Curlyleaf pondweed (Potamogeton crispus) is one of the most widespread and widely managed aquatic invasive plants in North America. Despite decades of management, the efficacy of long-term management strategies and the effects of environmental drivers on curlyleaf pondweed populations remain uncertain. To evaluate the effects of management and environmental factors on within-lake distribution and local density of curlyleaf pondweed, we collated monitoring data from point–intercept surveys collected by a variety of lake managers across Minnesota, U.S.A. Using this dataset, comprising 177 lake-years of plant data, we examined the influence of herbicide treatment, water clarity, snow depth, and ice cover duration on curlyleaf pondweed distribution and density between 2006 and 2015. We evaluated the effects of herbicides on curlyleaf pondweed at three time points relative to treatment: within year, carryover effects the following year, and cumulative effects over multiple years of treatment. All three temporal measures were associated with significant reductions of curlyleaf pondweed. Additionally, herbicidal management reduced both the density and distribution of curlyleaf pondweed. Given that herbicide management led to reductions that carried over into future years, managers may be able to design multi-year treatments to reduce total management effort over time. We also found strong effects of environmental conditions on curlyleaf pondweed. Elevated lake productivity and decreased winter snow cover were associated with increased springtime distributions of curlyleaf pondweed, whereas duration of winter ice cover had no influence. The influence of productivity suggests that reductions of this invasive species may be an ancillary benefit of water-quality improvements that lower lakes’ trophic status. Our results also show that decreased winter snow cover, as predicted under climate change, could exacerbate problematic growth of curlyleaf pondweed. Harnessing monitoring data from multiple projects, as this study does, allows for robust inference about environmental and management constraints on macrophytes. Because of environmental and management variability, we suggest that treatment regimens follow an adaptive management cycle, with outcomes of management monitored and evaluated, and strategies updated accordingly. It is also vital to continue monitoring both managed and unmanaged lakes to enable stronger inferences about treatment effectiveness.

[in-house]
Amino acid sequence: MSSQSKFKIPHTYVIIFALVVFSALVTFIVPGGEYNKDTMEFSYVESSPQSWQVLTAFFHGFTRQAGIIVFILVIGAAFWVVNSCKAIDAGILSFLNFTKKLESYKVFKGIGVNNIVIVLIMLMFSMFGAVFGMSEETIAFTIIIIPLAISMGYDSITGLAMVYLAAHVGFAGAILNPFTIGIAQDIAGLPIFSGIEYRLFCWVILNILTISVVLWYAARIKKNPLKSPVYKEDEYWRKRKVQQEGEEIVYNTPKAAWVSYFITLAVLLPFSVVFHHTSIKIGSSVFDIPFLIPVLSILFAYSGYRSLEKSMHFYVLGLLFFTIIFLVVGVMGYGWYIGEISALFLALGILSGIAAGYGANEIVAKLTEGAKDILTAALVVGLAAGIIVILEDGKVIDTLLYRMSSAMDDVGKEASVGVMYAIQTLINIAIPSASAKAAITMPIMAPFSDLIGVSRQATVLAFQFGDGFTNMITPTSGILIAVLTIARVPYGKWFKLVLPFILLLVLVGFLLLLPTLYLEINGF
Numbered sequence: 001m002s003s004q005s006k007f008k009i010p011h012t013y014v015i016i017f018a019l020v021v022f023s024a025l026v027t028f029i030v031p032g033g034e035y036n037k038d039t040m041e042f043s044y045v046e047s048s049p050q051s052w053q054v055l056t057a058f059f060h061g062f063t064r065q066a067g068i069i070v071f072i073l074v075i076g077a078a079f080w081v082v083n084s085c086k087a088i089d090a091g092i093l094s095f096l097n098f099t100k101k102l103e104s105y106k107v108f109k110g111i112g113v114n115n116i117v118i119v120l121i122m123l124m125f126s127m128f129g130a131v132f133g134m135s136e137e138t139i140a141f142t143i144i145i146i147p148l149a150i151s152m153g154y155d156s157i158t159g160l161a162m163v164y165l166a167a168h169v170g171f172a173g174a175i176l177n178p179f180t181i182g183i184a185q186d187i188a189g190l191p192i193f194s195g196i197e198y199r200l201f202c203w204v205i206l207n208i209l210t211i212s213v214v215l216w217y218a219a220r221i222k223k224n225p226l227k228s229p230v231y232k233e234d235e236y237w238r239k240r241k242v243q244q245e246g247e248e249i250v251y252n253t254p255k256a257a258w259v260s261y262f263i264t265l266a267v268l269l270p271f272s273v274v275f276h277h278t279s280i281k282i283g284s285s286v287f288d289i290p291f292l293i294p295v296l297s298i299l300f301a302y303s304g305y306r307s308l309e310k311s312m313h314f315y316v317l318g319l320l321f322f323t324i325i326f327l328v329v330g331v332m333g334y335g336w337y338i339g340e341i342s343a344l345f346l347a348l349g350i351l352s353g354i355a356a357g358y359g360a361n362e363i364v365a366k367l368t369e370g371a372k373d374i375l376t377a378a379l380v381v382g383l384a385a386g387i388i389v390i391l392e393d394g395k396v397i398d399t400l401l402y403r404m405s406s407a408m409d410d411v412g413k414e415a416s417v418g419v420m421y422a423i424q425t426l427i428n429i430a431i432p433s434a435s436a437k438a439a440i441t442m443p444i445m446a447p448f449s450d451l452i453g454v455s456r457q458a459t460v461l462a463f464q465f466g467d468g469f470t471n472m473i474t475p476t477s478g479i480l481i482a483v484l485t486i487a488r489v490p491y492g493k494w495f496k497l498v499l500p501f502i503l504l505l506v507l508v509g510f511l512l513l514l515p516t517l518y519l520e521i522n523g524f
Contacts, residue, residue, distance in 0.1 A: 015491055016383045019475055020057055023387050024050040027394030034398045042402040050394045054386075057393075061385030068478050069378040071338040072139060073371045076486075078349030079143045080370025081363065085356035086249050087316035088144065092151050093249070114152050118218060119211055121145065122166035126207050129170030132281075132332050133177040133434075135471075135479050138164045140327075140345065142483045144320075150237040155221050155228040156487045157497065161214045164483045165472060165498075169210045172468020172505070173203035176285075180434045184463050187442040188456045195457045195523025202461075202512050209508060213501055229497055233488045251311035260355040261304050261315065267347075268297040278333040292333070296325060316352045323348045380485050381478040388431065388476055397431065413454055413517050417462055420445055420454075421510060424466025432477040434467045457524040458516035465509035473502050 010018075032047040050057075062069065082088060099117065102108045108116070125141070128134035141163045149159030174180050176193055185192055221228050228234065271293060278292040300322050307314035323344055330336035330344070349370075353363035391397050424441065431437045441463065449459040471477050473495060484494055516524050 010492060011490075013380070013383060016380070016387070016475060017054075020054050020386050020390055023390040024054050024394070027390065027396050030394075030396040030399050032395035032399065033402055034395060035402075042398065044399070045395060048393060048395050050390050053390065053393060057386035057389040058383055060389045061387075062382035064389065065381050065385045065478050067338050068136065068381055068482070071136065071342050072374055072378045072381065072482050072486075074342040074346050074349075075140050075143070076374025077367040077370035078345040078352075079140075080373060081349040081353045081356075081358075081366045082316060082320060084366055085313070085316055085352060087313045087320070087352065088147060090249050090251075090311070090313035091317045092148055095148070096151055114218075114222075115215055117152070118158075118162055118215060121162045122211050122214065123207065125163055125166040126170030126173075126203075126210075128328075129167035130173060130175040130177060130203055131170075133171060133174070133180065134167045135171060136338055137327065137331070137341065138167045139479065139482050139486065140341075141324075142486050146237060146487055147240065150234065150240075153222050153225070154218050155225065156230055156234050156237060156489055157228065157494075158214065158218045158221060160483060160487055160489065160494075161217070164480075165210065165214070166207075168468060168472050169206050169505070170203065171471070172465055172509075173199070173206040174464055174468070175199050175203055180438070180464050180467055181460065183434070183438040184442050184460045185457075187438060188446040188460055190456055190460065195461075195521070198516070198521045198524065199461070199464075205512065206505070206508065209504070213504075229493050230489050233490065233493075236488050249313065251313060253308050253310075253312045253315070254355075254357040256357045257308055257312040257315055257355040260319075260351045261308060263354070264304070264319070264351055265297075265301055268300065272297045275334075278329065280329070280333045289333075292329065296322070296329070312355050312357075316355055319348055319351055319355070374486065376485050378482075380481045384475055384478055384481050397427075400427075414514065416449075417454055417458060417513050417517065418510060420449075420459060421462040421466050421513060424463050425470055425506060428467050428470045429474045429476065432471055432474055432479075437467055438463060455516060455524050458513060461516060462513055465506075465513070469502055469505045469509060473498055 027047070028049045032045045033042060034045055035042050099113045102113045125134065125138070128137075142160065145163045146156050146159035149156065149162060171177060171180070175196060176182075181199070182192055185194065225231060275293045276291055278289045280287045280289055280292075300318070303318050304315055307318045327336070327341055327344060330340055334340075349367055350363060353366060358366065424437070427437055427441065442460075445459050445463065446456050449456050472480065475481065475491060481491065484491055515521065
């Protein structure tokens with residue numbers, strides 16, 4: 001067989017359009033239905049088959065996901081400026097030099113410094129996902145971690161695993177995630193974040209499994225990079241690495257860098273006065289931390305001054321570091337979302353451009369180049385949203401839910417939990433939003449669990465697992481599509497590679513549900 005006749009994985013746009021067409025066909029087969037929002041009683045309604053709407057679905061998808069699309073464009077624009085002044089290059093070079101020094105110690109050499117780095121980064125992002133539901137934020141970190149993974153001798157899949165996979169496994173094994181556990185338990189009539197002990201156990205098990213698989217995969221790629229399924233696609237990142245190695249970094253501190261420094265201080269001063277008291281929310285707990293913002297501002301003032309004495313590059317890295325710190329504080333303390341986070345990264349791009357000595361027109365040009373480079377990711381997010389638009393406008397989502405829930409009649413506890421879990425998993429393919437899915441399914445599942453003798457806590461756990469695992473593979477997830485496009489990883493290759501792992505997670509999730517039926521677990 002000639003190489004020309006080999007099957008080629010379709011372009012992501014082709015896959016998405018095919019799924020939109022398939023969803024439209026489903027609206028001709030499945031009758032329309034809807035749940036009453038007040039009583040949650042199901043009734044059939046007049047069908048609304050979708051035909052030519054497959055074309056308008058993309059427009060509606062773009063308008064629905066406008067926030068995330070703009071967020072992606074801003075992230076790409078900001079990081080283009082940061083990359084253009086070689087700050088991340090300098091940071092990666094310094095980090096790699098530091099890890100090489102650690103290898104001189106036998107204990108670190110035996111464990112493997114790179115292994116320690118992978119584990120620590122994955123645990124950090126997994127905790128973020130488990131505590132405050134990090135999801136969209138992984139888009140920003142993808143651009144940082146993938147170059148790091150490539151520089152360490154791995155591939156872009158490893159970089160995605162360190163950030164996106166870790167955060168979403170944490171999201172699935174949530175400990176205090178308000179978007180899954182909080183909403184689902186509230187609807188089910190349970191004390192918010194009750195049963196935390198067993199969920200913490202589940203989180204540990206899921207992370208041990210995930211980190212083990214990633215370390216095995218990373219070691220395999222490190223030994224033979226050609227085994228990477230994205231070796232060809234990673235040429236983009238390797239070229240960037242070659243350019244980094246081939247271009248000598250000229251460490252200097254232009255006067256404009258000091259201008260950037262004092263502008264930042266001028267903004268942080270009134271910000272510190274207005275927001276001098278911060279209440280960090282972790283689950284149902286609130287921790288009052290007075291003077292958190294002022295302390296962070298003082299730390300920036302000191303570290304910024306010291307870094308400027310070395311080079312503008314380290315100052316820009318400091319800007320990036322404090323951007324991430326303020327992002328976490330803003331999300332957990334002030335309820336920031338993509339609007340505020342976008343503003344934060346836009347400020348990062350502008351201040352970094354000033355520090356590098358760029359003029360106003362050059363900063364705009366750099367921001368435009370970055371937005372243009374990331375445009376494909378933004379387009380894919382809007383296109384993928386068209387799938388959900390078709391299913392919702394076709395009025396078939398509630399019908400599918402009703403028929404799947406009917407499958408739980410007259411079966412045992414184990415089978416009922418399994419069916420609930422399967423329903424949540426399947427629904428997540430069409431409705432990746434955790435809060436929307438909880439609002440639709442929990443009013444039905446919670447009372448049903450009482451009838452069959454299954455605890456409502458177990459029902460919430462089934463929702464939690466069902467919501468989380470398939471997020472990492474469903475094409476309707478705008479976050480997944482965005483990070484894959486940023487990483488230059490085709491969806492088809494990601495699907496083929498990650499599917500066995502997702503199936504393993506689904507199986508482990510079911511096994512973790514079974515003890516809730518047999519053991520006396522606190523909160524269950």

Bibliographical noteFunding Information:
Funding for this research was provided through the Minnesota Aquatic Invasive Species Research Center from the Minnesota Environment and Natural Resources Trust Fund with additional support from the USDA National Institute of Food and Agriculture, Hatch grant MIN‐41‐081. Chip Welling (deceased) of the Minnesota Department of Natural Resources (MNDNR) suggested this project and provided significant input and assistance with obtaining data sets. Thomas Ostendorf and Adam Kautza contributed greatly to the collection and organisation of data. Data for 12 lakes were collected by graduate students James Johnson and Ajay Jones as part of a study funded by the MNDNR. Data for five lakes were collected by graduate students Josh Knopik, John JaKa, and Melaney Dunne and funded by Riley Purgatory Bluff Creek Watershed District. Additional data sets were provided by the MNDNR SLICE programme (Donna Dustin), MNDNR Invasive Species Program (Wendy Crowell, Allison Gamble, and Keegan Lund), Capitol Region Watershed District (Britta Suppes), Ramsey Washington Watershed District (Simba Blood), Three Rivers Park District (Rich Brasch), Minnehaha Creek Watershed District (Eric Fieldseth), Rice Creek Watershed District (Matt Kocian), and consulting firms Barr Engineering (Meg Rattei), Bluewater Science (Steve McComas), and Freshwater Scientific Services (James Johnson). Their cooperation was key to this project and greatly appreciated.
- climate change
- invasive species
- winter severity
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